Simple Solutions

Save time and reduce waste with these kitchen tricks

My mother is an active, busy 77-year-old woman who enjoys aerobics, bridge, and caring for her grandkids. She eats a healthy, well-balanced diet, and she was into whole wheat bread and health food long before Whole Foods existed. 

But cooking healthy isn’t as easy as it used to be for her. Arthritis in her thumb has made tasks that were once effortless a sometimes-painful endeavor. 

Instead of turning to prepared foods, she has learned to lean on some kitchen tips and tricks that make cooking easier for older adults, including choosing precut veggies and using her mini food processor to simplify chopping. 

Cooking simplified. Making kitchen tasks easier is the way to go for older adults, say Beth Gordon, RD, a registered dietitian at Northwestern Medicine Central DuPage Hospital, and Claire Harper, RD, a registered dietitian at Loyola Medicine. Plan your cooking in advance and follow some helpful food prep tips to make navigating your kitchen simpler and safer. 

Map your market. “If you are going to a grocery store, get a map of the store [available at the service counter], and then write your list by section based on the map,” Gordon says. “That makes your shopping trip more efficient rather than running all over the supermarket. It also eases your hip and joint pain, if that’s something that bothers you.” 

Buy prepared produce. Buy chopped onions, grated carrots, and other prepared fresh vegetables to make the cooking process easier. “It’s a little more expensive, but it can help,” Gordon says. “You can buy bags of precut onions, and you can freeze them. Or, if you cook with a lot of onions and garlic, you can chop them in the food processor, then freeze them and use what you need when you need it.” 

Think frozen. Buy frozen vegetables and fruits. “Frozen vegetables can be easily steamed or roasted, and they’re already cut up,” Gordon says. With frozen vegetables, you can defrost only the amount you need, reducing waste.

Try dried. Dried shallots, minced dehydrated onions, and dried mushrooms are great to add to dishes. Rehydrate them with hot water or simply throw them into dishes — no preparation necessary. The Spice House sells these products online and in its Chicago and Evanston stores; some grocery stores stock dried specialty items, too.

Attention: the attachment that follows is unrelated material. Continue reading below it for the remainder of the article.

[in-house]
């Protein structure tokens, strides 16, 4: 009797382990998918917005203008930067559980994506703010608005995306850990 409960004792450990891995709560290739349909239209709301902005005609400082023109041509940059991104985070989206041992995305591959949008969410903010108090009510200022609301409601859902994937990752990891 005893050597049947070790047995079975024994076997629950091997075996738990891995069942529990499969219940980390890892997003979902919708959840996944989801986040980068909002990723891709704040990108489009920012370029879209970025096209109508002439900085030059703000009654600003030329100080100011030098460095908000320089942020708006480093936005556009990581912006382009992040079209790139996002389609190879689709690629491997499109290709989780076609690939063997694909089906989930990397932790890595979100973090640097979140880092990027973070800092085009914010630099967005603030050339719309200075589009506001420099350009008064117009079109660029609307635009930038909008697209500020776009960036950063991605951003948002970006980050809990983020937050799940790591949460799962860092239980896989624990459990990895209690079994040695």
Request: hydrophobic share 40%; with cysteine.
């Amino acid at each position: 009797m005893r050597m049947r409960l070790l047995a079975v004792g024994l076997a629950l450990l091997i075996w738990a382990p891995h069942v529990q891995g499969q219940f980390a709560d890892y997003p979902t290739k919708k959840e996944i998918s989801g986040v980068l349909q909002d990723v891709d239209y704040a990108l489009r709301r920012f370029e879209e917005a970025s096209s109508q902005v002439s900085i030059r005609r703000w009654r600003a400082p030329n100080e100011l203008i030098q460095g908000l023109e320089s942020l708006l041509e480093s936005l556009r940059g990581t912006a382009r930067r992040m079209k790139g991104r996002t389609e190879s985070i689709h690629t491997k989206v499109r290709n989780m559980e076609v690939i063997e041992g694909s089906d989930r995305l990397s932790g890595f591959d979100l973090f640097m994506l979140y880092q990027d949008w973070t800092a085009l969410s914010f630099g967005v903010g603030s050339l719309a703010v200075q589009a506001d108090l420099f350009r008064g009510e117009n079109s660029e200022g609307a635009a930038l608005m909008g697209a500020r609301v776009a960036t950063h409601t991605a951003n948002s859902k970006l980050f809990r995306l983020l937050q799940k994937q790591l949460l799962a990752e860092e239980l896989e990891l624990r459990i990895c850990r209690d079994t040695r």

Turn to a tube. Most grocery stores sell tubes of fresh herbs and ingredients like basil, cilantro, ginger, and garlic. Instead of chopping, squeeze out the amount you want into your dish. 

Portion your meat. Buy pre-portioned meats and fish, such as single chicken breasts, two hamburger patties, or a small salmon fillet. Or ask the staff at the butcher counter of the grocery store to cut meat or fish into smaller portions. “A lot of grocery stores that have a good meat department will cut things the way you want them cut,” Gordon says. “You can even take a packaged meat to the counter, and they will cut it for you.” Some stores, such as some Mariano’s locations, will grill your fresh meat or seafood purchases for free. 

Make a double batch. “If you make some of your favorite dishes, double or triple the batch, and then freeze portions in individual containers so that you’re doing the work only one time,” Gordon says. “And if you’re using Ziploc bags, get the ones that have the zip seal instead of the regular [press seal] ones — the zipper on the bag is easier to open and close.” 

Freeze and share. Instead of eating leftovers for days, Harper says, freeze and label meals for later. “If you can share your frozen meals with a friend, then that’s always good,” she adds. 

Focus on balanced meals and good nutrition. Sometimes older clients tell Harper that they only eat yogurt or a bag of chips because they don’t feel like cooking. But nutritional balance is important. “I always tell people to have some kind of a protein, a starch, and a vegetable or a fruit at every meal,” Harper says. It can be as simple as eating an omelet for dinner or a sandwich for breakfast, she says.

Sheet Pan Balsamic Salmon and Asparagus

Makes 4 servings
Photo by Kyle Edwards

This recipe requires only one pan, so it’s easier for older adults to make and clean up. This dish features protein and a vegetable; add a slice of bread, and you have a complete meal, says dietitian Claire Harper at Loyola Medicine.


• 4 boneless, skinless salmon filets (3 ounces each) 

• Bunch of asparagus (about 12 to 24 stalks)

• 3 tablespoons balsamic vinegar, divided

• 1 teaspoon honey

• 1 teaspoon Dijon mustard

• ½ teaspoon black pepper, divided

• ¼ teaspoon salt, divided

• Olive oil spray



Preheat oven to 350°F. Line a pan or rimmed baking sheet with aluminum foil, parchment paper, or a silicone baking mat. 

Place salmon filets on pan. Snap tough ends off the asparagus, and place asparagus next to salmon. 

In a small bowl, whisk together 2 tablespoons balsamic vinegar, honey, Dijon mustard, ¼ teaspoon black pepper, and ⅛ teaspoon salt. Pour over salmon filets. 

Spritz asparagus spears with olive oil spray. Drizzle asparagus with remaining 1 tablespoon Salmon watercolor drawingbalsamic vinegar and sprinkle with remaining ¼ teaspoon black pepper and ⅛ teaspoon salt.

Bake for 15 to 20 minutes or until salmon is opaque and fully cooked.

A serving is 1 salmon filet and 4 to 6 asparagus spears: 131 calories, 4 g fat, 0.7 g sat. fat, 0 g trans fat, 39 mg cholesterol, 
5 g carbohydrates, 4 g sugars, 1 g fiber, and 18 g protein.